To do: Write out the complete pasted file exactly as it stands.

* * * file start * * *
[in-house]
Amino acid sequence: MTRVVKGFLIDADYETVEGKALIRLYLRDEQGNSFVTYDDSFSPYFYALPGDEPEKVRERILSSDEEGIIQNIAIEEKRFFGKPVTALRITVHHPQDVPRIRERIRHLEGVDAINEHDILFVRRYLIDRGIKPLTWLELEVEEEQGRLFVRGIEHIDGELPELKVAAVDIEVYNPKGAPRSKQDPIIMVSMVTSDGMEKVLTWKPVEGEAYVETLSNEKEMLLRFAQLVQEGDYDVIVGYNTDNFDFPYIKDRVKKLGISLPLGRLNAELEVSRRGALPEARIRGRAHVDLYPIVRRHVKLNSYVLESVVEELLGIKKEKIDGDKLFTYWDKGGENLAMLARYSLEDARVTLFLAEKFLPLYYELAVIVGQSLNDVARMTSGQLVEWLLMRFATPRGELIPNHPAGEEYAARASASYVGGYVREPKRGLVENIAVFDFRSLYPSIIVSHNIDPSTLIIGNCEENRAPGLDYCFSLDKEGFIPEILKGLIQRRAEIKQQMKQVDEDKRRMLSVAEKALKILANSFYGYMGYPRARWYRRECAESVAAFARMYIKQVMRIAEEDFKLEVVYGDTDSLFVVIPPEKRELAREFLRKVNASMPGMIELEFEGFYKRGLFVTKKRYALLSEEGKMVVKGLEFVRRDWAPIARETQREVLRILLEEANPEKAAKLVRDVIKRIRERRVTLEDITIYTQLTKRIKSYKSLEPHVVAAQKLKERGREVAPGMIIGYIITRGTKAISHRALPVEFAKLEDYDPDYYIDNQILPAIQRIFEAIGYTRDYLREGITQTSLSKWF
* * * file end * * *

[in-house]
Amino acid sequence: MTRVVKGFLIDADYETVEGKALIRLYLRDEQGNSFVTYDDSFSPYFYALPGDEPEKVRERILSSDEEGIIQNIAIEEKRFFGKPVTALRITVHHPQDVPRIRERIRHLEGVDAINEHDILFVRRYLIDRGIKPLTWLELEVEEEQGRLFVRGIEHIDGELPELKVAAVDIEVYNPKGAPRSKQDPIIMVSMVTSDGMEKVLTWKPVEGEAYVETLSNEKEMLLRFAQLVQEGDYDVIVGYNTDNFDFPYIKDRVKKLGISLPLGRLNAELEVSRRGALPEARIRGRAHVDLYPIVRRHVKLNSYVLESVVEELLGIKKEKIDGDKLFTYWDKGGENLAMLARYSLEDARVTLFLAEKFLPLYYELAVIVGQSLNDVARMTSGQLVEWLLMRFATPRGELIPNHPAGEEYAARASASYVGGYVREPKRGLVENIAVFDFRSLYPSIIVSHNIDPSTLIIGNCEENRAPGLDYCFSLDKEGFIPEILKGLIQRRAEIKQQMKQVDEDKRRMLSVAEKALKILANSFYGYMGYPRARWYRRECAESVAAFARMYIKQVMRIAEEDFKLEVVYGDTDSLFVVIPPEKRELAREFLRKVNASMPGMIELEFEGFYKRGLFVTKKRYALLSEEGKMVVKGLEFVRRDWAPIARETQREVLRILLEEANPEKAAKLVRDVIKRIRERRVTLEDITIYTQLTKRIKSYKSLEPHVVAAQKLKERGREVAPGMIIGYIITRGTKAISHRALPVEFAKLEDYDPDYYIDNQILPAIQRIFEAIGYTRDYLREGITQTSLSKWF